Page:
Saturday, March 5, 2011

96. Neurothemis intermedia atalanta (Rambur, 1842)

Number: 96
Family: Libellulidae
Genus: Neurothemis
Species: Neurothemis intermedia atalanta
Common name(s): Paddyfield Parasol, Pale Yellow Widow, Ruddy Meadow Skimmer
Thai name: แมลงปอบ้านใหม่กึ่งวิถ
Habitat: Varied (Open lowland paddy fields to the edge of uplands forests)
Province(s) sighted: Widespread (Khon Kaen); Nam Nao NP/environs (Petchabun);  Phu Rua environs (Loei); Widespread (Chiang Mai); Khao Yai (Nakhorn Ratchasima); Khao Soi Dao (Chantaburi); Kanchanaburi environs (Kanchanaburi); small pond, Kabin Buri;  Pang Sida NP (Sa Kaew); Koh Chang (Trat).
Sightings (by me): Very common (except for the mature male)
In flight (that I have seen): February-December

A common member of the Libellulidae family is Neurothemis intermedia atalanta. It can be seen in many places from open wasteland to the edge of forests. I would say that the female is more commonly seen than the male.

The male
The male is easily identifiable. It is generally orange/yellow in colour. It has two broken black lines running dorsally along the abdomen. The stigma is black and becomes ochre as it ages. The eyes are cherry red dorsally. The base of the eye is green/white. It has feint markings on the synthorax.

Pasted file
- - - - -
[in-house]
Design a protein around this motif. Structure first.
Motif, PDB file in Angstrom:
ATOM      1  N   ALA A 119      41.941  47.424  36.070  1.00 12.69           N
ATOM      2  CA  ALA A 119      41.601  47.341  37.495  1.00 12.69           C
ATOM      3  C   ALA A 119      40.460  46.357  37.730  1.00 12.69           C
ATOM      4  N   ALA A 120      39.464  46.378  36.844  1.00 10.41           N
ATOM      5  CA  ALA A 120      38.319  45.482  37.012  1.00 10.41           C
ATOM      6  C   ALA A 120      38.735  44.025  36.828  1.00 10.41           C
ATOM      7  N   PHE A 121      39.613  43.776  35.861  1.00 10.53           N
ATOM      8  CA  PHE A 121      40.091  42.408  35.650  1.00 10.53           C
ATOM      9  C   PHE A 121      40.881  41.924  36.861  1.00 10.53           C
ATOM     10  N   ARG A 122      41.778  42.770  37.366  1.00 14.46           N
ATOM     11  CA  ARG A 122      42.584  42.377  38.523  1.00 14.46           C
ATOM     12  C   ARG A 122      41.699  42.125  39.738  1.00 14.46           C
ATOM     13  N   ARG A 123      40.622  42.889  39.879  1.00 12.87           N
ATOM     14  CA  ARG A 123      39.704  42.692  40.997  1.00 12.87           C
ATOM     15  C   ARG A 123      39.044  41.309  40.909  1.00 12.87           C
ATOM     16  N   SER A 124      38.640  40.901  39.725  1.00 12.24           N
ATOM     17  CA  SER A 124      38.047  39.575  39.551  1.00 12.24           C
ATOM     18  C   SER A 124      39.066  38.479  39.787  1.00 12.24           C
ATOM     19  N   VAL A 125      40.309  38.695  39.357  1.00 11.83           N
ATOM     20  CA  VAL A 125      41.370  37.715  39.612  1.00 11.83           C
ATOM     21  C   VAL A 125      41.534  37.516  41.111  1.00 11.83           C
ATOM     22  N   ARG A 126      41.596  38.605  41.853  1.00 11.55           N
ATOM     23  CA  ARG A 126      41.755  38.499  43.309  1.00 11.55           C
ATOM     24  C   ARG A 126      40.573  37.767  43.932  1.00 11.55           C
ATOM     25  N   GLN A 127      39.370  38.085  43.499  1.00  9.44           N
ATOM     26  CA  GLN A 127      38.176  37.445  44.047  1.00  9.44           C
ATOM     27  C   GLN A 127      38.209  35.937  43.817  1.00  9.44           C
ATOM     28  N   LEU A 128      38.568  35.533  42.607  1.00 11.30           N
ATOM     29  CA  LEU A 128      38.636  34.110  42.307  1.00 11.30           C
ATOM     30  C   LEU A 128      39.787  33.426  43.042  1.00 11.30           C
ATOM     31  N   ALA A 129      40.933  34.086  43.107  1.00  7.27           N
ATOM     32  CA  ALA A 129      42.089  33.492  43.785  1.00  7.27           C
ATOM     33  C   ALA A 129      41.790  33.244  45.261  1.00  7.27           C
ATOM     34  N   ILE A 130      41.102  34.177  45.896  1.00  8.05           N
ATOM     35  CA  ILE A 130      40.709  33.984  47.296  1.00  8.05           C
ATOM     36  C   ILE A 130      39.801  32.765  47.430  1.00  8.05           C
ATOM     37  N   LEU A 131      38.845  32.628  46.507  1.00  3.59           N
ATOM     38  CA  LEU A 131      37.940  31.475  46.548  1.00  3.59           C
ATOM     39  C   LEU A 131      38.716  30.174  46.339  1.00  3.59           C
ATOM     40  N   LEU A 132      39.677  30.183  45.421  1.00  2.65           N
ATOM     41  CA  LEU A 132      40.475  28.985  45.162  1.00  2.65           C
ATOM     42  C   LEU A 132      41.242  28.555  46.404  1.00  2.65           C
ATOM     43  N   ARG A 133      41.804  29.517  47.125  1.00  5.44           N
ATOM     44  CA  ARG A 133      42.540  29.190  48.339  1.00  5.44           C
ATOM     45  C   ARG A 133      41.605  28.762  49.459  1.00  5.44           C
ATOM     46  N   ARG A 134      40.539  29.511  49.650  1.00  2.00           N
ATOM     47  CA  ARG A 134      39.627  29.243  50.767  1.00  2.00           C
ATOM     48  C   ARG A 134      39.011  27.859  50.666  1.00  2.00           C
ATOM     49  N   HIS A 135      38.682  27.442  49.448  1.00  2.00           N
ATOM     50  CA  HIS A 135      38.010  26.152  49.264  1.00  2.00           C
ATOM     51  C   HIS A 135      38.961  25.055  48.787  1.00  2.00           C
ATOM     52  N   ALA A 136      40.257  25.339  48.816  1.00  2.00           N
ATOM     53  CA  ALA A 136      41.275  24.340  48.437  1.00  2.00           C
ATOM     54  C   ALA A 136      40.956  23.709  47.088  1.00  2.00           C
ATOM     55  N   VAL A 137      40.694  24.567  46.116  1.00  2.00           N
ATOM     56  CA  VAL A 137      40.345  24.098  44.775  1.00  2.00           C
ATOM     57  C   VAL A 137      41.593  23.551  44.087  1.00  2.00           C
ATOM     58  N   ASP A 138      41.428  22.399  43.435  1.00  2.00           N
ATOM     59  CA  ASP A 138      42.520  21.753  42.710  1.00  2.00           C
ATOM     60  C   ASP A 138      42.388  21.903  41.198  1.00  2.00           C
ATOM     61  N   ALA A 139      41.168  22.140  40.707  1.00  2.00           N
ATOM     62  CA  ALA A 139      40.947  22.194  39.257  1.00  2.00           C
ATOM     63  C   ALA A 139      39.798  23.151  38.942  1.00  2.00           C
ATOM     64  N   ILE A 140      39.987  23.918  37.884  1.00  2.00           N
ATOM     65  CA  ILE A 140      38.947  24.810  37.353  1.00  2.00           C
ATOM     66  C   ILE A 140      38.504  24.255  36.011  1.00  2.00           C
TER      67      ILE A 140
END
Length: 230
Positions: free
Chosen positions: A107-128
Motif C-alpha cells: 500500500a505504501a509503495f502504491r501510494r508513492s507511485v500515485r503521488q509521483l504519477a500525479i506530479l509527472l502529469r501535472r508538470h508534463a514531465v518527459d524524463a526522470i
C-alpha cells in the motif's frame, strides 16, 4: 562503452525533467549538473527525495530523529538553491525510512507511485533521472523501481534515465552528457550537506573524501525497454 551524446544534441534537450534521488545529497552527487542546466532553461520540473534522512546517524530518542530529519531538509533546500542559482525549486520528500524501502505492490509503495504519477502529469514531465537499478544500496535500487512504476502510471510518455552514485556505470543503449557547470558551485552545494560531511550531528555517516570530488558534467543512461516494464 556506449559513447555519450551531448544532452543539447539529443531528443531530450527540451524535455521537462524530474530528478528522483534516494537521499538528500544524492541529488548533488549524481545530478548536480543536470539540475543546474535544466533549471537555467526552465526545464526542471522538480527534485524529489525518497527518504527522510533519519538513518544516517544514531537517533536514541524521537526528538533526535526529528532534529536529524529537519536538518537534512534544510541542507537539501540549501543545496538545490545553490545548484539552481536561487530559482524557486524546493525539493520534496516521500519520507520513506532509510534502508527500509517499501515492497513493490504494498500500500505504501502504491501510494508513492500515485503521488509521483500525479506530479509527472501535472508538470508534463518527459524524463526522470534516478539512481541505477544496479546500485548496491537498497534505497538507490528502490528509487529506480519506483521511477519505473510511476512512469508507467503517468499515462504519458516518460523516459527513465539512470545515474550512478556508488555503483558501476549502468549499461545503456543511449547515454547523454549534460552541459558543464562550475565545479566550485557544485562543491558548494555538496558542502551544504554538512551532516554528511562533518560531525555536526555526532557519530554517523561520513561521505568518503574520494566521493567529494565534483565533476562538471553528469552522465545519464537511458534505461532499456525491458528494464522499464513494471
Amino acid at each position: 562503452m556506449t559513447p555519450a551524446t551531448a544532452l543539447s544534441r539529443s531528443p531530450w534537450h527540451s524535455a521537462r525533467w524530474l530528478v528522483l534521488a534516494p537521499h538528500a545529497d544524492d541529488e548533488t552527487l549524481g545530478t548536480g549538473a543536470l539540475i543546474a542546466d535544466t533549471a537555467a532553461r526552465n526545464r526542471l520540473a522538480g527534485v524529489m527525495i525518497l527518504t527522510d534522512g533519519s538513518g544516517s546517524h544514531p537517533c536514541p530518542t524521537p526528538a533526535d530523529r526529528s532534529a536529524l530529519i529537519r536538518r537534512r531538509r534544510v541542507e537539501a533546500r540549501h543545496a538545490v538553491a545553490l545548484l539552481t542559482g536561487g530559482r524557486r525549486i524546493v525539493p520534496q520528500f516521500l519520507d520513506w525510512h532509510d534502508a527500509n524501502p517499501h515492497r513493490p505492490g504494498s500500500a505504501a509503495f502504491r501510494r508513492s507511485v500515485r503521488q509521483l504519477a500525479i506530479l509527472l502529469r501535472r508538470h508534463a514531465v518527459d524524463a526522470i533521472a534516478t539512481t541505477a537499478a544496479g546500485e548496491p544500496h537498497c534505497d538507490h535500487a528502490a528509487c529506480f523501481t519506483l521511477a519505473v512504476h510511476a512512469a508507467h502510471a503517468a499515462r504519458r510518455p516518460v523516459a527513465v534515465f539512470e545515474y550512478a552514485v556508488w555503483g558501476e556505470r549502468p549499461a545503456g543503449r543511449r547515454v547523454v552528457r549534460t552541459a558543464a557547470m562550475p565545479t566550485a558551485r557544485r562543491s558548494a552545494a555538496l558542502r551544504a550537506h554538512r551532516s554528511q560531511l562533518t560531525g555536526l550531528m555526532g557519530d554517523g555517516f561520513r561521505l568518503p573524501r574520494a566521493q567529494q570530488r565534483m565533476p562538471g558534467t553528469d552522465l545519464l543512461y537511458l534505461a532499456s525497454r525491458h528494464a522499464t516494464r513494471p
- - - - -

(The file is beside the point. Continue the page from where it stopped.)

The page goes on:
Strangely enough, the mature adult male is scarce - for me anyway. It is similar to the younger male, but the abdomen colour has change to a bold orange, and the colour at the wing base is more prominent. Though scarcely seen, this male was spotted in my back garden!



Male, in the hand



A male starting to turn orange ...


Sub-adult male
The young male is very similar to the female and are very common at this stage.


The female
The female is very similar to the young male. The black dorsal lines are thicker than the males and the terminal segments are generally darker. The colour at the base of the wings is generally much less prominent.



Female, in the hand


You can see this species throughout the country, especially in open vasting fields and is commonly seen during the cool season.

2 comments:

  1. Interesting, thanks for sharing and keep up the good work.

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  2. Hi Ian, thanks for your comments. I have much improved photos of a fully mature male to add (I thought I'd lost the originals!
    Thanks, Dennis

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